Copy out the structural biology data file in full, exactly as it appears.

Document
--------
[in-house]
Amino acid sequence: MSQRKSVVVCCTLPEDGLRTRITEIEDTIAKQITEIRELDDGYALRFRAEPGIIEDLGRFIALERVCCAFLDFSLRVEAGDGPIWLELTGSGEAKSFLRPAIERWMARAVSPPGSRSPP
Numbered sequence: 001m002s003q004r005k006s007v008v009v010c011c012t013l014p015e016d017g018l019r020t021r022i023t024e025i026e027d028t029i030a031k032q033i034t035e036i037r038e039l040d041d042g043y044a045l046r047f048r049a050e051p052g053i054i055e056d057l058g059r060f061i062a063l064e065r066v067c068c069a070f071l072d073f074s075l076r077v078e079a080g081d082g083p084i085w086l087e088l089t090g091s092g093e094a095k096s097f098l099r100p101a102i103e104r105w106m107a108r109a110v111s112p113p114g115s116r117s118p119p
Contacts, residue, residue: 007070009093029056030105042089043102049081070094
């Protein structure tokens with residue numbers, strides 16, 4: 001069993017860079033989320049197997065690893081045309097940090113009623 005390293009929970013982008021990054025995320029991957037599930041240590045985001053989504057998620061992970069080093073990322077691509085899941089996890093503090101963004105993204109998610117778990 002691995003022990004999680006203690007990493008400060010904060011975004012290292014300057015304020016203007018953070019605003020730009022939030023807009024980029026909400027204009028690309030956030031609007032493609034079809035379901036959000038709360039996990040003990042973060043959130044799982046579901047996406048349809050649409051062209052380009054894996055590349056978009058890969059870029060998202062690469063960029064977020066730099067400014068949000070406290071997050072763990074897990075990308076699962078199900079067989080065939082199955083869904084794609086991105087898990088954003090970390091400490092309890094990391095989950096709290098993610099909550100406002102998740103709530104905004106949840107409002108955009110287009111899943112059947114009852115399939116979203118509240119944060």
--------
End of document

[in-house]
Amino acid sequence: MSQRKSVVVCCTLPEDGLRTRITEIEDTIAKQITEIRELDDGYALRFRAEPGIIEDLGRFIALERVCCAFLDFSLRVEAGDGPIWLELTGSGEAKSFLRPAIERWMARAVSPPGSRSPP
Numbered sequence: 001m002s003q004r005k006s007v008v009v010c011c012t013l014p015e016d017g018l019r020t021r022i023t024e025i026e027d028t029i030a031k032q033i034t035e036i037r038e039l040d041d042g043y044a045l046r047f048r049a050e051p052g053i054i055e056d057l058g059r060f061i062a063l064e065r066v067c068c069a070f071l072d073f074s075l076r077v078e079a080g081d082g083p084i085w086l087e088l089t090g091s092g093e094a095k096s097f098l099r100p101a102i103e104r105w106m107a108r109a110v111s112p113p114g115s116r117s118p119p
Contacts, residue, residue: 007070009093029056030105042089043102049081070094
């Protein structure tokens with residue numbers, strides 16, 4: 001069993017860079033989320049197997065690893081045309097940090113009623 005390293009929970013982008021990054025995320029991957037599930041240590045985001053989504057998620061992970069080093073990322077691509085899941089996890093503090101963004105993204109998610117778990 002691995003022990004999680006203690007990493008400060010904060011975004012290292014300057015304020016203007018953070019605003020730009022939030023807009024980029026909400027204009028690309030956030031609007032493609034079809035379901036959000038709360039996990040003990042973060043959130044799982046579901047996406048349809050649409051062209052380009054894996055590349056978009058890969059870029060998202062690469063960029064977020066730099067400014068949000070406290071997050072763990074897990075990308076699962078199900079067989080065939082199955083869904084794609086991105087898990088954003090970390091400490092309890094990391095989950096709290098993610099909550100406002102998740103709530104905004106949840107409002108955009110287009111899943112059947114009852115399939116979203118509240119944060």